You probably already have heard about Bitcoin, the most popular cryptocurrency. You might even be a Bitcoin user. But do you know anything about Bitcoin mining? Have you ever wondered about Bitcoin’s origin? Well, Bitcoin mining is the process that leads to developing new Bitcoins. Are you interested in Bitcoin trading? Then visit BitIQ and start your Bitcoin trading journey.
Bitcoin mining is vital to ensure that there are more Bitcoins. It also serves the fundamental purpose of confirming Bitcoin transactions. Bitcoin mining occurs in extensive mining facilities with up to 50,000 mining rigs. And this is partly why Bitcoin mining consumes so much energy.
In 2021, Elon Musk, one of the wealthiest people in the world, announced that his company, Tesla, would no longer take Bitcoin as payment. Musk, who had hitherto been a great supporter of Bitcoin, was concerned about the quantity of energy for Bitcoin mining. Specifically, he felt that the large amount of fossil fuel-generated energy used was not justifiable.
So How Much Energy Goes into Bitcoin Mining?
According to estimates, completing a single Bitcoin transaction takes about 1449 kWh. In terms of cost, that translates to about $173 for every Bitcoin transaction. To understand that even better, it takes about 50 days of power consumption in the average household in the US.
Also, it’s important to emphasize that the amount of energy going into Bitcoin mining is never constant. As more mining facilities come up, so does the total quantity of energy needed. Between the end of 2021 and early 2022, Bitcoin mining consumed over 200 terawatt-hours of energy.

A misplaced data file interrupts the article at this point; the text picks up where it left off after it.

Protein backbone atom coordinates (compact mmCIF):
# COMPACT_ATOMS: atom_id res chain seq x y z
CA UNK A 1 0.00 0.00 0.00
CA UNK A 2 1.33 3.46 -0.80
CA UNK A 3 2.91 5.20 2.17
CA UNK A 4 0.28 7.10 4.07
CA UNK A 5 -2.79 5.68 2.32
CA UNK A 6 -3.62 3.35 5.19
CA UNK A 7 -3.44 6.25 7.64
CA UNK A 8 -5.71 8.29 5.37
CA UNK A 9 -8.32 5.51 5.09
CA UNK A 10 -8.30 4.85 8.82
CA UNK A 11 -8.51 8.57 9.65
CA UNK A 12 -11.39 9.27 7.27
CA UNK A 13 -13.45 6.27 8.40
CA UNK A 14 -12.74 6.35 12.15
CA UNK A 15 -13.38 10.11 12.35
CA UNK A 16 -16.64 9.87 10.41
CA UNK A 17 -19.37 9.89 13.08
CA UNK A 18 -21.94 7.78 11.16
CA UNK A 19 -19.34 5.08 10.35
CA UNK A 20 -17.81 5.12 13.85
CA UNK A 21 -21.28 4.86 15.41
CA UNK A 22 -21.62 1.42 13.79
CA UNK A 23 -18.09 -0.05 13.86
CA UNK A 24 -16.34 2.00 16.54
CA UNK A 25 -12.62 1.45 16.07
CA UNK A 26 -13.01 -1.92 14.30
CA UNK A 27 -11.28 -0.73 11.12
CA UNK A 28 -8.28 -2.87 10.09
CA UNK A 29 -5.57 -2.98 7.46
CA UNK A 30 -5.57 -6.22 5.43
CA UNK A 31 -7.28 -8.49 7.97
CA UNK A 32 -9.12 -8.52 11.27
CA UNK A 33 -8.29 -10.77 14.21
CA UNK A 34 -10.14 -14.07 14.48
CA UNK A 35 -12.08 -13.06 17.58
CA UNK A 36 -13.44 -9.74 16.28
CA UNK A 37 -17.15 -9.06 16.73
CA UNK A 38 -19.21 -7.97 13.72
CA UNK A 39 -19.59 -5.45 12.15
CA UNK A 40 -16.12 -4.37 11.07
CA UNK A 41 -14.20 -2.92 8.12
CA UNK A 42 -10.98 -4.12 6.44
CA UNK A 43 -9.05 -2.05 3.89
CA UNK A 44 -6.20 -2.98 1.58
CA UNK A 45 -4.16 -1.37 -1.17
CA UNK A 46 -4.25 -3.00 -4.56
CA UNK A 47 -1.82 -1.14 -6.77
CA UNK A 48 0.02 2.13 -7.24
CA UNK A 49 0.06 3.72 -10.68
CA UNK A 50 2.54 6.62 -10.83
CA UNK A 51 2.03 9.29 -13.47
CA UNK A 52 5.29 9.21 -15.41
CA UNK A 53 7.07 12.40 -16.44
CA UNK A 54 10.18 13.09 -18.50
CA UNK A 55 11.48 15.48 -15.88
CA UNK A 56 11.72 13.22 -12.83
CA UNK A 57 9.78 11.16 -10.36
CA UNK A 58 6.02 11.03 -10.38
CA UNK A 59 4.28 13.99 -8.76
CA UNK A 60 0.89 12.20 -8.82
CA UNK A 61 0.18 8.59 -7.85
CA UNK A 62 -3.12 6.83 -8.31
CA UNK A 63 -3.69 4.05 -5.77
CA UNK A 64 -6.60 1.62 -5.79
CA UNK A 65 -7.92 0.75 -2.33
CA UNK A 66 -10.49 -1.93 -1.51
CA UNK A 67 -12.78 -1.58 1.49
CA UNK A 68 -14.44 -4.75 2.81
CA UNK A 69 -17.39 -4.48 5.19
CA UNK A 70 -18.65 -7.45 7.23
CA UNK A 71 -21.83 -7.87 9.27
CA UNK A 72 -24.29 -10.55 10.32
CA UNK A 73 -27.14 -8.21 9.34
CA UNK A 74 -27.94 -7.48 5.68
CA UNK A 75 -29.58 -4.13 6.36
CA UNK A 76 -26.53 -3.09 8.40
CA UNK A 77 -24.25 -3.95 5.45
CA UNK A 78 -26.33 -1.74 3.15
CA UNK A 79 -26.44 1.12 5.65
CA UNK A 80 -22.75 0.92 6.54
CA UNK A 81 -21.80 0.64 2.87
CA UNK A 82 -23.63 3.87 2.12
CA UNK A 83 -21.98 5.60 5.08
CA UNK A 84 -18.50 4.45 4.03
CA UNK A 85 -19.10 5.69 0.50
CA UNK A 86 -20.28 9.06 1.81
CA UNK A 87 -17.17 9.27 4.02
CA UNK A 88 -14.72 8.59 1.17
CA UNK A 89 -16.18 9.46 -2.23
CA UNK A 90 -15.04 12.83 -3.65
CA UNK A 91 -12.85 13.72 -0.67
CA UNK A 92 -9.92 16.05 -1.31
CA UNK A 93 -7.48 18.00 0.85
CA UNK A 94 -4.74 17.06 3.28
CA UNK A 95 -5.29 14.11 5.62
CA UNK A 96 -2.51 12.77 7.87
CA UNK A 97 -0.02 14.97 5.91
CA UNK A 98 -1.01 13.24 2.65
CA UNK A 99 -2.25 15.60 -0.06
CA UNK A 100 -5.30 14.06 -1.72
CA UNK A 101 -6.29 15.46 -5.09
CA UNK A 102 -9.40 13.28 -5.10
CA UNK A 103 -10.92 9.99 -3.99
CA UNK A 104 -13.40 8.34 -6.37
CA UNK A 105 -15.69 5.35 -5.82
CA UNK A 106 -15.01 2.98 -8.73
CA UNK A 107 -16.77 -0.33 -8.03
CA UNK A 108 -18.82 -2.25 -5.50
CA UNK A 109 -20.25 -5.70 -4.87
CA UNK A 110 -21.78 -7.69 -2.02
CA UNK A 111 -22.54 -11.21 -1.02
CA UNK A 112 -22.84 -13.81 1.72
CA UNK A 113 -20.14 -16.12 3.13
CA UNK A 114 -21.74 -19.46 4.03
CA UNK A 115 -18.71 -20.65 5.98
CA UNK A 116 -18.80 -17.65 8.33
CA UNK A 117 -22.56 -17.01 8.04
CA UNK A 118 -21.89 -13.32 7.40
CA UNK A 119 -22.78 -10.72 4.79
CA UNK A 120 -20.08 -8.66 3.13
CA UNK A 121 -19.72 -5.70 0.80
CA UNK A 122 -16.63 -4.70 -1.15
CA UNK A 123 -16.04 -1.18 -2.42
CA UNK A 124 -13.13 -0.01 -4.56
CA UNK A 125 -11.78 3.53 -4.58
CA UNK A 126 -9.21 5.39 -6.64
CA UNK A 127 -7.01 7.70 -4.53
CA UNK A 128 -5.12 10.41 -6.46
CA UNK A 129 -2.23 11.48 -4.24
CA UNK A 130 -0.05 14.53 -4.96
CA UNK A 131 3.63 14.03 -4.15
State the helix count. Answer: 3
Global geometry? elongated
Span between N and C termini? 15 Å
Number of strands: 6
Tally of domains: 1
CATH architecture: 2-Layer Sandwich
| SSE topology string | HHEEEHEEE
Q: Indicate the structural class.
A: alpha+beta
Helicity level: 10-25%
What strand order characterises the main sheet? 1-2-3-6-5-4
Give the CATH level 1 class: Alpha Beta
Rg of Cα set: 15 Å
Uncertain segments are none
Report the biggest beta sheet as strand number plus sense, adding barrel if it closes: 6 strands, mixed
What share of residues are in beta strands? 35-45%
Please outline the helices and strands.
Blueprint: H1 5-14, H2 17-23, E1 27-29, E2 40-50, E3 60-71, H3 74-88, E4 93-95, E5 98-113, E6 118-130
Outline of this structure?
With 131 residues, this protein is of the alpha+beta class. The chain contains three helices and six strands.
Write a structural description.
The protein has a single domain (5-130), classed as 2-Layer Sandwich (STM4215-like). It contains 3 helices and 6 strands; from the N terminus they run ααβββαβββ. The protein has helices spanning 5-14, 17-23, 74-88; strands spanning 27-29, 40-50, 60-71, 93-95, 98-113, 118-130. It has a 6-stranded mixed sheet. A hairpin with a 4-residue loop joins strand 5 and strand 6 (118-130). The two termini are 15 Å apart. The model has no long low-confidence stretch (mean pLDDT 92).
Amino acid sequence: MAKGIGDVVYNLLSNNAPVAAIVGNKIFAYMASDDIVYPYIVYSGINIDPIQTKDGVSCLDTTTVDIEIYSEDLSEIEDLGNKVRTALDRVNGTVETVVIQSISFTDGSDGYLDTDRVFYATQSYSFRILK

Why That Much Energy?
Bitcoin mining requires significant energy amounts because of some factors. Bitcoin mining rigs often work non-stop. And this means that a lot of energy is needed to keep the mining rigs running. And since mining rigs often have more than one graphics card, they consume more energy to keep the GPUs running.
Moreover, most Bitcoin mining facilities have thousands of mining rigs in one place. And this further adds to the energy required to keep the rigs running. For example, before China banned crypto mining, a mining facility produced 750 Bitcoins monthly, whose electricity bill often surpassed $1 million.
Another critical consideration is the energy that goes into cooling the mining rigs. Mining rigs generate heat; with more mining rigs in one place, the heat generated is even more. You require external cooling to prevent the rights from melting and keep the places cooler.
If a mining facility has hundreds or even thousands of mining rigs, the heat generated will be so much that it requires more electricity to cool them. So, while the mining rigs consume energy, they also produce heat that, in turn, requires more energy for cooling.
Today, many Bitcoin miners are competing for rewards. To get rewarded, a miner must solve very complex cryptographic puzzles. While hundreds of thousands may try to solve a single puzzle, only one will succeed and get the Bitcoin reward. And this means that over 99.9% of the computers working on the crypto puzzle but failed consumed energy.
Finally, solving cryptic puzzles is time-consuming. On average, every Bitcoin transaction will take about 10 minutes. And it does not end there. After solving one crypto puzzle, the miners continue to the next. Overall, it takes more time to mine Bitcoins and contributes to the high energy consumption.
So much energy goes into Bitcoin mining. While most of this energy is fossil-fuel generated, it may require more investment in renewable and clean energy in the future. Luckily, there’s a limited amount of Bitcoin that miners can generate. So, Bitcoin mining may end when they reach the limit.
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